Ms. Katherine S.
10 January 2013
Kukri – The Knife of Nepal
The kukri or khukuri has been the weapon of choice for Nepalese soldiers since at least the 1600's and has been extensively used as an all-purpose knife in the Indian cultures. This knife has been used for everything from a reaper of bamboo, wheat, and barley, digging furrows, cutting up meat and vegetables, to the unique, effective fighting knife with an established reputation of being irreplaceable for chopping, slicing, and stabbing. The exact history of the kukri is unknown but evidence of its use dates back to early Egypt, and it has has been used by Greeks, Macedonians, and Romans. Considered to be the second sharpest blade in the world, next to the katana, ancient civilizations continued copying its unique forward curved blade shape.
The kukri knife is unique because of its thick forward elbow curve blade, wider at the top than near the handle. The religious symbols engraved on the steel also add to the unusual design. There are a variety of thicknesses, widths, and grind angles of the blades of a kukri depending on the intended tasks. A general purpose kukri is typically sixteen to eighteen inches in overall length and weighs approximately one to two pounds. Smaller knives are easier to carry but have limited usage. Bigger knives are impractical for everyday use and are therefore reserved for ceremonies, but now are admired in collections. Kukri blades usually have a notch at the base of the blade for blood or sap to drop off rather than running onto the handle causing it to become slippery. Ceremoniously the notch may represent a cow's foot or the teats of the cow. Since the cow is worshiped as a goddess throughout Nepal, this notch reminds the user that the kukri is not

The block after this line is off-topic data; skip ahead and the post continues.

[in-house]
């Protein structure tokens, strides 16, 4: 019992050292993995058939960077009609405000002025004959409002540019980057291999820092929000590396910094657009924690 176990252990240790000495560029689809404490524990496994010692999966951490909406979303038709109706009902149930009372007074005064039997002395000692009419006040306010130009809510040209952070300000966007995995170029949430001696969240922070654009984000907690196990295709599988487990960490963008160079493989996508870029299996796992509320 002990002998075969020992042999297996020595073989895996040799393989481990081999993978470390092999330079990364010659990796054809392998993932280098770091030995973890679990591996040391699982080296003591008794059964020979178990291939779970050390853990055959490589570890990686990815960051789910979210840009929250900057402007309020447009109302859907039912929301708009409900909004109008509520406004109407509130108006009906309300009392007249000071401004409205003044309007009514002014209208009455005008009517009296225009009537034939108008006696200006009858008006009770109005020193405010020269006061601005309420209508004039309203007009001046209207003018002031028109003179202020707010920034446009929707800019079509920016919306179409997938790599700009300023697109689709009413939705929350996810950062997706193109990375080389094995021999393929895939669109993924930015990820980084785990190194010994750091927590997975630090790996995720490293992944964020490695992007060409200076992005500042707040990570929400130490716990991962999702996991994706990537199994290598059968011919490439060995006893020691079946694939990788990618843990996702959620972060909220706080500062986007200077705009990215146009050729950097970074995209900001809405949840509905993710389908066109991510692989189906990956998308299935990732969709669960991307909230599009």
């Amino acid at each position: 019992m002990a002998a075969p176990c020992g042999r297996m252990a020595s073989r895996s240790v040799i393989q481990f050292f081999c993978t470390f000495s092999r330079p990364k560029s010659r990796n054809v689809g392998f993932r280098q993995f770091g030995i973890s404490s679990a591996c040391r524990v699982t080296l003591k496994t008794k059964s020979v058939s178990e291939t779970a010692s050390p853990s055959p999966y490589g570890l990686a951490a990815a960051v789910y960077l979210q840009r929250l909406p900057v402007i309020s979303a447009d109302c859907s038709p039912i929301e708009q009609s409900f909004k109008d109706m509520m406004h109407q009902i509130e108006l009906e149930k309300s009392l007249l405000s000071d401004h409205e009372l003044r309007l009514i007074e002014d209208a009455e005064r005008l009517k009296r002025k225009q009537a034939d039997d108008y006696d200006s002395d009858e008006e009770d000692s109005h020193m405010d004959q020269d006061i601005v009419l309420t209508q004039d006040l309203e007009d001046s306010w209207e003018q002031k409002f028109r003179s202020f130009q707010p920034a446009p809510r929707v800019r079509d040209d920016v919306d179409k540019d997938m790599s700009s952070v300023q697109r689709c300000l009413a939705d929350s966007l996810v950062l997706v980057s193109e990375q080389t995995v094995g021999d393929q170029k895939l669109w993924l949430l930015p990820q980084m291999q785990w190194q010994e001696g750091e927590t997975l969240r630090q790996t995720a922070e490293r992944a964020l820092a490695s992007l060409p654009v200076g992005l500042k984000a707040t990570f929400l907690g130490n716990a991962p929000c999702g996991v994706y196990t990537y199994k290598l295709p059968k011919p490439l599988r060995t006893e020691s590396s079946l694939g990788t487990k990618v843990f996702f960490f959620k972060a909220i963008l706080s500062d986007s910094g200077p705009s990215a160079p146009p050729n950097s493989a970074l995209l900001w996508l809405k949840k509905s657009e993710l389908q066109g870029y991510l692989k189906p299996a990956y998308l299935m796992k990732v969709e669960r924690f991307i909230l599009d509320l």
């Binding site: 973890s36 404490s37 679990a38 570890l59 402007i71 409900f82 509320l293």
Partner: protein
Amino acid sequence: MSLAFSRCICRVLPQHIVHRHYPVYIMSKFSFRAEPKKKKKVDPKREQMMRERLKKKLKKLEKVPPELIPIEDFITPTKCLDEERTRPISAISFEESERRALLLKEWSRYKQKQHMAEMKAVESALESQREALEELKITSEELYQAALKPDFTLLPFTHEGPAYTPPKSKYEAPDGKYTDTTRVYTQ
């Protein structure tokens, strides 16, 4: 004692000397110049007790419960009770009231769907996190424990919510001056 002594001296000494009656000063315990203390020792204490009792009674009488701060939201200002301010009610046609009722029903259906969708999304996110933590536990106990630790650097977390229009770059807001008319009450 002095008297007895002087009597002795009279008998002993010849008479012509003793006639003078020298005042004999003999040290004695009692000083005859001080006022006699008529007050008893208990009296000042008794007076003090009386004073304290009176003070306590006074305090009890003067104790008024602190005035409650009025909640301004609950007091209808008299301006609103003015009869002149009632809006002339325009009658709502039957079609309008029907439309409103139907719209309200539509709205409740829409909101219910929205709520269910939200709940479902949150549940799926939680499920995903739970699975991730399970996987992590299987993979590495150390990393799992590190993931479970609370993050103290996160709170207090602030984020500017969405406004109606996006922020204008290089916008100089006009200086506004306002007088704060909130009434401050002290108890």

to be used to kill a cow. Handles are most often made of native hardwood or water buffalo horn. The flared butt of the handle allows for better grip and less slippage for...
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